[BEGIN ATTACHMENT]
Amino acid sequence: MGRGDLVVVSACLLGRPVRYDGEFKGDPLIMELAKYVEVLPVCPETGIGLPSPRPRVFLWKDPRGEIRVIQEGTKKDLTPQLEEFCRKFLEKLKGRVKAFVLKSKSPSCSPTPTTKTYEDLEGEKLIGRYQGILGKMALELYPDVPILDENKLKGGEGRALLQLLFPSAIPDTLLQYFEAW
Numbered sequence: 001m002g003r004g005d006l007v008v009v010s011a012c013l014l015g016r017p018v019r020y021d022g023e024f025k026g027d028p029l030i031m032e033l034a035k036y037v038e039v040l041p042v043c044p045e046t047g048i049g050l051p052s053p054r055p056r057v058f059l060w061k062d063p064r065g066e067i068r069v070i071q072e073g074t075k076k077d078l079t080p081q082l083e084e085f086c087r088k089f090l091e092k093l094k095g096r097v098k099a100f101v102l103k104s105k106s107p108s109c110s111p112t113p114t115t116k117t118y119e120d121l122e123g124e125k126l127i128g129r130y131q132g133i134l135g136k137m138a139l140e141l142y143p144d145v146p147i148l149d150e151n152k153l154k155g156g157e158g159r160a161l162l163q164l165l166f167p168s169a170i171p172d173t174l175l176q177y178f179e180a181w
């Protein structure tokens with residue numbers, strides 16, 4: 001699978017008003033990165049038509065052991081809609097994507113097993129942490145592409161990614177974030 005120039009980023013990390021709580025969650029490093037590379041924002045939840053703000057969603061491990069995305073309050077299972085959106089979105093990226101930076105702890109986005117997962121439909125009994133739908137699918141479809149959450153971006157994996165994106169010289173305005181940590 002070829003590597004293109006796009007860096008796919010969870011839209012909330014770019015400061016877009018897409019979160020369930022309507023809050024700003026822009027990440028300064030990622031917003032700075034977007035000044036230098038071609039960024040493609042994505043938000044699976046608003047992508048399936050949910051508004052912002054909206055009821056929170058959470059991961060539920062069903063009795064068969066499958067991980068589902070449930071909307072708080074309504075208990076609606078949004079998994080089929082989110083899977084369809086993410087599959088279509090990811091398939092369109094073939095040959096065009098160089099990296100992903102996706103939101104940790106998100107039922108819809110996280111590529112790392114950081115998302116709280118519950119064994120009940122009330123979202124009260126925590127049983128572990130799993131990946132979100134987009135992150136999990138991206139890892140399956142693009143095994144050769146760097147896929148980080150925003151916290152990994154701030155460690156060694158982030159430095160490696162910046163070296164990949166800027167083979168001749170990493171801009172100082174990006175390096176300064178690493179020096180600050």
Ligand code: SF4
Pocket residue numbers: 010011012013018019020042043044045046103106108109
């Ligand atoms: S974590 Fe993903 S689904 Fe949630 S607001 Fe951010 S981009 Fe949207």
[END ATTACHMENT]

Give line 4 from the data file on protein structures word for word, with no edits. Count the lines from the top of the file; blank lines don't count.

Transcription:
Ligand code: SF4